# Continuous function from Continuous functions to R

1. Apr 8, 2008

### PingPong

Hi,

I think I've gotten this problem, but I was wondering if somebody could check my work. I still question myself. Maybe I shouldn't, but it feels better to get a nod from others.

1. The problem statement, all variables and given/known data
Consider the space of functions C[0,1] with distance defined as:

$$d(f,g)=\sqrt{\int_0^1 (f(x)-g(x))^2 dx}$$.

Suppose we have a function F(f)=f(0). Is this function continuous?

2. Relevant equations
Epsilon-delta definition of continuity.

3. The attempt at a solution
My answer is no, and my reasoning is based on a bit of real analysis that I remember that I'm trying to apply to metric spaces. In real analysis, a function f is continuous if every sequence $x_n\rightarrow x$ implies that $f(x_n)\rightarrow f(x)$. So interpreting this for a metric space, a function from one metric space to another is continuous if every sequence such that $f_n\rightarrow f$ implies that $F(f_n)\rightarrow F(f)$.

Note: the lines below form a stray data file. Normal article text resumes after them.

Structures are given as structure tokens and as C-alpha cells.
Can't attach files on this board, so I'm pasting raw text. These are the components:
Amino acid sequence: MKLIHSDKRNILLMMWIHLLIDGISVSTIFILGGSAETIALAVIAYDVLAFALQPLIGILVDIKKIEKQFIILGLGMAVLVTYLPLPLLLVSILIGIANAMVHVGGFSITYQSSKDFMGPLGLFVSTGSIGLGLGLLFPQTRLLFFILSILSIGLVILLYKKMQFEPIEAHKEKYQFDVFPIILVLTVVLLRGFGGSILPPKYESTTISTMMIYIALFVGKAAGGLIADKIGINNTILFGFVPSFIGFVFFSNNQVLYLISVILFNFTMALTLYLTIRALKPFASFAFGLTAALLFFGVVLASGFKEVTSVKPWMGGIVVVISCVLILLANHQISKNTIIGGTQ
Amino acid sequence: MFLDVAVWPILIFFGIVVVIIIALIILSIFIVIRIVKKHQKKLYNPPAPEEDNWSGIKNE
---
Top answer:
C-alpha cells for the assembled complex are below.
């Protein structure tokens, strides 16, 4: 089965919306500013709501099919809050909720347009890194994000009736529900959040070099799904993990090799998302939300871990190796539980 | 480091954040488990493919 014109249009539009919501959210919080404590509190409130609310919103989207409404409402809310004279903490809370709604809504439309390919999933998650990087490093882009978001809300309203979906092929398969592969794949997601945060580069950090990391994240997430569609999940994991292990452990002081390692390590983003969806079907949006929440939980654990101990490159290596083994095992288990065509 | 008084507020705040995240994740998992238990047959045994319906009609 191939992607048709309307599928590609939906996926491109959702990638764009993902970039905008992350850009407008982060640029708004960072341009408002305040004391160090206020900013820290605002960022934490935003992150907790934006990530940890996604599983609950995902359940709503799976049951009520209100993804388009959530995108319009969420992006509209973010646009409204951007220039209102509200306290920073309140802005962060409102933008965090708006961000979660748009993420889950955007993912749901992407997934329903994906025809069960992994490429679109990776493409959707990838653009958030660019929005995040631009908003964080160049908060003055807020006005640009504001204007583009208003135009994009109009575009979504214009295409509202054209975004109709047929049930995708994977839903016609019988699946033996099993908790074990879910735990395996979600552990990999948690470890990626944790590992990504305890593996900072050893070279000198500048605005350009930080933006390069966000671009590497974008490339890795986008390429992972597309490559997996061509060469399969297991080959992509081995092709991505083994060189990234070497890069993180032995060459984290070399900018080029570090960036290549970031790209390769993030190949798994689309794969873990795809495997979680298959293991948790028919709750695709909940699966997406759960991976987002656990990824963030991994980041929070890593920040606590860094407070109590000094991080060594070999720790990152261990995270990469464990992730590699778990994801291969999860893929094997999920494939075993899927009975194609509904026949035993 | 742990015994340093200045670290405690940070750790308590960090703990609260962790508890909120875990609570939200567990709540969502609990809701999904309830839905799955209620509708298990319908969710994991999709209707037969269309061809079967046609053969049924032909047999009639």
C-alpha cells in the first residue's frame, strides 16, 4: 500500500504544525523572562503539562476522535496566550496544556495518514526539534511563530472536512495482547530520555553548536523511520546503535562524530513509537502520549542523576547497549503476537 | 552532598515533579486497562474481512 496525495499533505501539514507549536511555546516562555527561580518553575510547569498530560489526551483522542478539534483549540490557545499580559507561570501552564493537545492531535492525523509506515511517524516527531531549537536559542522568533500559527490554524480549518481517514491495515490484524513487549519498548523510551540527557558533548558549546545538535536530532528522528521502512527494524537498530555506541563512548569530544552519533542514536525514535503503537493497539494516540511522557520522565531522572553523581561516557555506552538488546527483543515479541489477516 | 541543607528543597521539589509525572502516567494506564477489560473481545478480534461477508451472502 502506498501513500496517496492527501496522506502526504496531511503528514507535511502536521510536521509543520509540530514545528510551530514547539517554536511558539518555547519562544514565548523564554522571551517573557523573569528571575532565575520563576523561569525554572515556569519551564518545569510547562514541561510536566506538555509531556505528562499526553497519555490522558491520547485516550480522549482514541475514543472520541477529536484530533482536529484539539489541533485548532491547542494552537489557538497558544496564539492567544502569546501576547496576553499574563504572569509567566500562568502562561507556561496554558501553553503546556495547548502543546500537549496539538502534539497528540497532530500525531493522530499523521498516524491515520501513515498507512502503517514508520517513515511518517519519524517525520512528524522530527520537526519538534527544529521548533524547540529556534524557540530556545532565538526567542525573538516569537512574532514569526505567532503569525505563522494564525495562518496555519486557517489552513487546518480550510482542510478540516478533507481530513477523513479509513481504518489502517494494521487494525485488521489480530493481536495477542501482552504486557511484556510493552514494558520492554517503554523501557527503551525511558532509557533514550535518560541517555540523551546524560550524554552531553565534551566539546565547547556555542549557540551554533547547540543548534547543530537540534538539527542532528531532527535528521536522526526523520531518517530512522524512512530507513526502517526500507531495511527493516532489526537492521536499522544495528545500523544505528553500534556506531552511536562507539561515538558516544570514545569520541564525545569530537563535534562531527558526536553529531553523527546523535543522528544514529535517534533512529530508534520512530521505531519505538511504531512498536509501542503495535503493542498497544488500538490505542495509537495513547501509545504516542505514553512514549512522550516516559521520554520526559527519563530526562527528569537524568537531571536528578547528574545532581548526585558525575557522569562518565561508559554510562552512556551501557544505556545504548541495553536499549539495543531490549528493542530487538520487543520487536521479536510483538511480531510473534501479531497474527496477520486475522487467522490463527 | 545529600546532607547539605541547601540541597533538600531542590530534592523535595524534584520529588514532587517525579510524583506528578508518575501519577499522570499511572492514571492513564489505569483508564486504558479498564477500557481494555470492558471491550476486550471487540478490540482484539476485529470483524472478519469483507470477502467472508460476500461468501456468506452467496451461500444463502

So, I consider the sequence of functions $f_n(x)=(1-x^2)^n$ whose elements are certainly in C[0,1], and the function $f(x)=0$ which is also in C[0,1]. Now, $d(f,f_n)\rightarrow 0$, so the sequence converges to f. But on the other hand, $F(f_n)=f_n(0)=1\ne F(f)=0$. Thus the function F is not continuous.

Does this proof work? Thanks in advance!

2. Apr 8, 2008

### Dick

Yes, I think that works.

3. Apr 9, 2008

### PingPong

Thank you very much!